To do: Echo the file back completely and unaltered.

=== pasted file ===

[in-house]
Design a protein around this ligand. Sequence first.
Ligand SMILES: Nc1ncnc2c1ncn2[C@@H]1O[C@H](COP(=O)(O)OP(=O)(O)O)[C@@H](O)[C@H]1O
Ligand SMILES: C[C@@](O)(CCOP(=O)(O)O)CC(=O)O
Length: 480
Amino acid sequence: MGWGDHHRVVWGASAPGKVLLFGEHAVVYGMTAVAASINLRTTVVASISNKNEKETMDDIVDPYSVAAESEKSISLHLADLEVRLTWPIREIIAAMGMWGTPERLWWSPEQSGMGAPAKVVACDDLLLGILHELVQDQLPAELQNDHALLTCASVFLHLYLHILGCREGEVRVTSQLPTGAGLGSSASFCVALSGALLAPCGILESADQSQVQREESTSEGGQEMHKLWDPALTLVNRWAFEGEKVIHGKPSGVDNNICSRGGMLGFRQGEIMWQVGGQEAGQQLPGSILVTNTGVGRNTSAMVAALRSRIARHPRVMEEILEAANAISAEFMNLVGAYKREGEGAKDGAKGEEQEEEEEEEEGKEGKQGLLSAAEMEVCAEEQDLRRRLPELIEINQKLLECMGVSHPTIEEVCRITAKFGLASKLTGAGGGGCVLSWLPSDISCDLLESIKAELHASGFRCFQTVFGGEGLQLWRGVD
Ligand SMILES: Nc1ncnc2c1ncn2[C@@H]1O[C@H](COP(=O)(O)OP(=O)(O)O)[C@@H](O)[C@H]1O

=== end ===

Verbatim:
[in-house]
Design a protein around this ligand. Sequence first.
Ligand SMILES: Nc1ncnc2c1ncn2[C@@H]1O[C@H](COP(=O)(O)OP(=O)(O)O)[C@@H](O)[C@H]1O
Ligand SMILES: C[C@@](O)(CCOP(=O)(O)O)CC(=O)O
Length: 480
Amino acid sequence: MGWGDHHRVVWGASAPGKVLLFGEHAVVYGMTAVAASINLRTTVVASISNKNEKETMDDIVDPYSVAAESEKSISLHLADLEVRLTWPIREIIAAMGMWGTPERLWWSPEQSGMGAPAKVVACDDLLLGILHELVQDQLPAELQNDHALLTCASVFLHLYLHILGCREGEVRVTSQLPTGAGLGSSASFCVALSGALLAPCGILESADQSQVQREESTSEGGQEMHKLWDPALTLVNRWAFEGEKVIHGKPSGVDNNICSRGGMLGFRQGEIMWQVGGQEAGQQLPGSILVTNTGVGRNTSAMVAALRSRIARHPRVMEEILEAANAISAEFMNLVGAYKREGEGAKDGAKGEEQEEEEEEEEGKEGKQGLLSAAEMEVCAEEQDLRRRLPELIEINQKLLECMGVSHPTIEEVCRITAKFGLASKLTGAGGGGCVLSWLPSDISCDLLESIKAELHASGFRCFQTVFGGEGLQLWRGVD
Ligand SMILES: Nc1ncnc2c1ncn2[C@@H]1O[C@H](COP(=O)(O)OP(=O)(O)O)[C@@H](O)[C@H]1O